The average porosities of stainless steel PTWMs were calculated by using the quality-volume method that was formulated as:
where P is the average porosity of stainless steel PTWMs, M is the mass of porous material (g), V is the volume of porous sample (cm3), and ρ is the density of the solid 304 stainless steel (g/cm3).
A Hitachi (Tokyo, Japan) S-3700N scanning electron microscope (SEM) was used to observe the microscopic structure of the stainless steel PTWMs. The tensile samples were prepared in a dog-bone shape. The gauge sections were 25 mm long, 10 mm wide, and 5 mm thick. A length of approximately 10 mm at each end of the tensile samples was infiltrated with epoxy resin. After the resin had cured, these infiltrated sections were held in grips, and testing was performed with an electronic universal mechanical testing machine (No: AG-100NX, Shimadzu, Kyoto, Japan) at a constant crosshead speed of 0.6 mm·min−1.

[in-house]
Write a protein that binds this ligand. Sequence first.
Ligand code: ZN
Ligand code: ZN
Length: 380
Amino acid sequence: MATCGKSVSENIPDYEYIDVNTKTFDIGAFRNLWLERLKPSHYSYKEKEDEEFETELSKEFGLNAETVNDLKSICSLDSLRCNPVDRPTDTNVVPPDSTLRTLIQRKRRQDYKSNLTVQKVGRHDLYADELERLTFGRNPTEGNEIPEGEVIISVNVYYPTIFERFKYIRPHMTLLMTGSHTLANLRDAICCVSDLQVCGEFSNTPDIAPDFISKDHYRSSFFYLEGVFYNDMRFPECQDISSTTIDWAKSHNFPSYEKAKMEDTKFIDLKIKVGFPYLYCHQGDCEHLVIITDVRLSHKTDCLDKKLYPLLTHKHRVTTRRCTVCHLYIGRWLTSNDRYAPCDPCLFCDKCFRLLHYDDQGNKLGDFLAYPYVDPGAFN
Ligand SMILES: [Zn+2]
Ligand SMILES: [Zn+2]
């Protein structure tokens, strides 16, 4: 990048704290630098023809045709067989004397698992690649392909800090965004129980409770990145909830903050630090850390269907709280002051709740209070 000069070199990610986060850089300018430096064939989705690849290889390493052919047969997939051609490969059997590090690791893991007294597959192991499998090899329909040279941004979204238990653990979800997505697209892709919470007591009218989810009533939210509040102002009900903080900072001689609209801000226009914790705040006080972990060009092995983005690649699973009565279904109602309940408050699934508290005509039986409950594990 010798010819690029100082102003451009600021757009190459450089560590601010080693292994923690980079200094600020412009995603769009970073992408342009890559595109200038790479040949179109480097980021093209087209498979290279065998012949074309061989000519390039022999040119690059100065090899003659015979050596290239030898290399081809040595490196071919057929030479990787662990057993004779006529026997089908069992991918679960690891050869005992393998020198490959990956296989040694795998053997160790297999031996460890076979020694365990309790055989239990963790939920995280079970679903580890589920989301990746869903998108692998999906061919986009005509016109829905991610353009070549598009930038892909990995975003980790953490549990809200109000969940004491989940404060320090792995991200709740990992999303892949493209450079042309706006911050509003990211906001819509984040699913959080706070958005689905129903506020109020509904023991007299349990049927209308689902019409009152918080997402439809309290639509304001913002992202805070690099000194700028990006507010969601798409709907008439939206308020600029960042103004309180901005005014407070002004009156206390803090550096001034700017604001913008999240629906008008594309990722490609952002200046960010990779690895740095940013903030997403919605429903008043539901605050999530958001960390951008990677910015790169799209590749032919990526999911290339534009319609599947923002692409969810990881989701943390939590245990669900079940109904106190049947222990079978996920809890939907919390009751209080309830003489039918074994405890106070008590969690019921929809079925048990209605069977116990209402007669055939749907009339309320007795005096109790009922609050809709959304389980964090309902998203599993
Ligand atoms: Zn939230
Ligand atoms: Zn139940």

This research work was supported by the National Nature Science Foundation of China (No. 51274103) and Special Project of National Development and Reform Commission (ChinaGrid2011636).
Fei Wu prepared the stainless steel PTWMs, investigated some samples on the scanning electron microscope, analyzed data and wrote the article. Zhaoyao Zhou proposed the theme of the research paper and designed the rotary multi-cutter device and mold-pressing equipment. Liuyang Duan performed the uniaxial tensile tests. Zhiyu Xiao analyzed experimental methods and edited the manuscript. All authors discussed the results and contributed in writing up the manuscript.
The authors declare no conflict of interest.